Ted, Where’s the Disclosure?

Full disclosure: I’m a big fan of Ted Murphy and his work, and I even appeared on MindComet’s podcast series, Internet Marketing Voodoo.

I’m wary, however, of PayPerPost.com, a program he’s launching that pays bloggers $5 or $10 (or whatever the advertiser wants) to blog about various products and links. According to an article in BusinessWeek, the blogger’s disclosure isn’t required. Find the full story on Jeremiah Owyang’s blog (he sent me the link; he gets the clicks).

I have some experience with this. Some time ago, I went undercover with BzzAgent, the word of mouth marketing company. I signed up to get free products to rave about, didn’t actually rave about them, wrote creative reviews, and got points to redeem for free products. This isn’t a recommend course of action, and I donated any products received from it, though it did give me a taste of how it’s easy to scam both consumers and advertisers; all of it should be considered unethical.

If you want more info on the debate and will be in Boston July 12, RSVP to the blogger dinner @ Fire & Ice, where Ted, Jeremiah, and I will be among those attending.

2 thoughts on “Ted, Where’s the Disclosure?

  1. Max, you’re right – I rattled off this post too quickly and didn’t quite make it to the intended conclusion.
    I by no means think all WOM marketing or buzz marketing is unethical, though disclosure’s a must. Without trust, the whole system falls apart.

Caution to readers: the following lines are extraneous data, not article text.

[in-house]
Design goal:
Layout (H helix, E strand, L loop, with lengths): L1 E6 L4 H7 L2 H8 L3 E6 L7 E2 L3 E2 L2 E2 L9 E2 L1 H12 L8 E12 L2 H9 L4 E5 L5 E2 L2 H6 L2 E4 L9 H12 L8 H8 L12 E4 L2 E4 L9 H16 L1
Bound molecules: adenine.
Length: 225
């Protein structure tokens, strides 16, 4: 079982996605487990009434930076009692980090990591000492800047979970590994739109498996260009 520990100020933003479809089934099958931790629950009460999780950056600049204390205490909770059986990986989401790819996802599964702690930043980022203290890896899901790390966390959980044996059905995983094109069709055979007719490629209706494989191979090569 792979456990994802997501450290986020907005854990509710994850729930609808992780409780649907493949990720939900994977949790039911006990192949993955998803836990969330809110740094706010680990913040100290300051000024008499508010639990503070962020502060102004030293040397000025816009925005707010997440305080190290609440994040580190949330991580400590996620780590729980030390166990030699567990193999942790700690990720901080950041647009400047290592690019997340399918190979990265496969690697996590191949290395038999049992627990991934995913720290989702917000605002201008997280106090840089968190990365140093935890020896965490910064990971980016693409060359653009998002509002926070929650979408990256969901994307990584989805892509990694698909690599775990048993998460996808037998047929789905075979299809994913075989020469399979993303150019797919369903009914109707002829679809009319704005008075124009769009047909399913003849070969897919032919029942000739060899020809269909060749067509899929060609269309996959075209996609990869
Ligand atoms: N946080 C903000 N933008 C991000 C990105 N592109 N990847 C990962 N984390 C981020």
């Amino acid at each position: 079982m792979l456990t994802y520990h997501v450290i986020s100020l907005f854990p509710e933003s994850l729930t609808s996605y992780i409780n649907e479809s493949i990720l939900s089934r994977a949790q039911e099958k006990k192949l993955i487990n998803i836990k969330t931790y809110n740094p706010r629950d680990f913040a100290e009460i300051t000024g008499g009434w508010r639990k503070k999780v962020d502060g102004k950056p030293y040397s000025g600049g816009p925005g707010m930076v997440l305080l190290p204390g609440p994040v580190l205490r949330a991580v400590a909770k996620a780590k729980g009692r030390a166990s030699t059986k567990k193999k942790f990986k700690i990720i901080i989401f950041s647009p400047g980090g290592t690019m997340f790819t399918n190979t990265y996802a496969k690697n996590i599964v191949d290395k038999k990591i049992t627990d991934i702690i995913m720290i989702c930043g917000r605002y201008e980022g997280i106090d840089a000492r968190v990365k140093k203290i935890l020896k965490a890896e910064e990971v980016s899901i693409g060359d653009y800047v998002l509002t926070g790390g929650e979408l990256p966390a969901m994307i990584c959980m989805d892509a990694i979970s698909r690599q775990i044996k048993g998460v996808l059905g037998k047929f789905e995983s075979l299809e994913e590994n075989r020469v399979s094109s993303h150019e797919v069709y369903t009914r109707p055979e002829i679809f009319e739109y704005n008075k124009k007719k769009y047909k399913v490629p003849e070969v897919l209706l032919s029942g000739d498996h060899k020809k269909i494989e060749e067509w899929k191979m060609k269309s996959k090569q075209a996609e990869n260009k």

2. Hi David,
    Thank you for calling out PayPerPost; it’s a total unethical scam. I commented on it myself here: http://attentionmax.com/blog/2006/07/payperpost_pays_bloggers_to_be.html.
    However, I think it’s wrong for you to cast “all” experiential, buzz or product-trial programs as unethical. What’s unethical is when disclosure is optional — either on the part of the marketer, agency or consumer.
    BzzAgent used to swim in a gray pool here, but in the past year has instituted an extremely strict policy of disclosure — on the part of the marketer, itself, and the consumers who participate.
    No matter where you lie in the value chain, you bring your own ethics to the table, but the mere practice of product demo-ing, with a request to talk about good or bad experiences is not inherintly wrong. In fact, it’s called freedom of speech, and freedom to persuade (which is what advertising and politicing is all about). In fact, what’s the difference between professional agents (like PR or ad firms) and consumer agents? I bet the grayness will move into marketing the way it is in news media.
    Finally, there is a bonus to a strong policy of disclosure: a number of industry and academic researchers have found that disclosure of an agent relationship actually increases credibility and persuasiveness. Talk to Dr. Walter Carl at Northeastern University, who has done a number of studies within BzzAgent’s databse.

Comments are closed.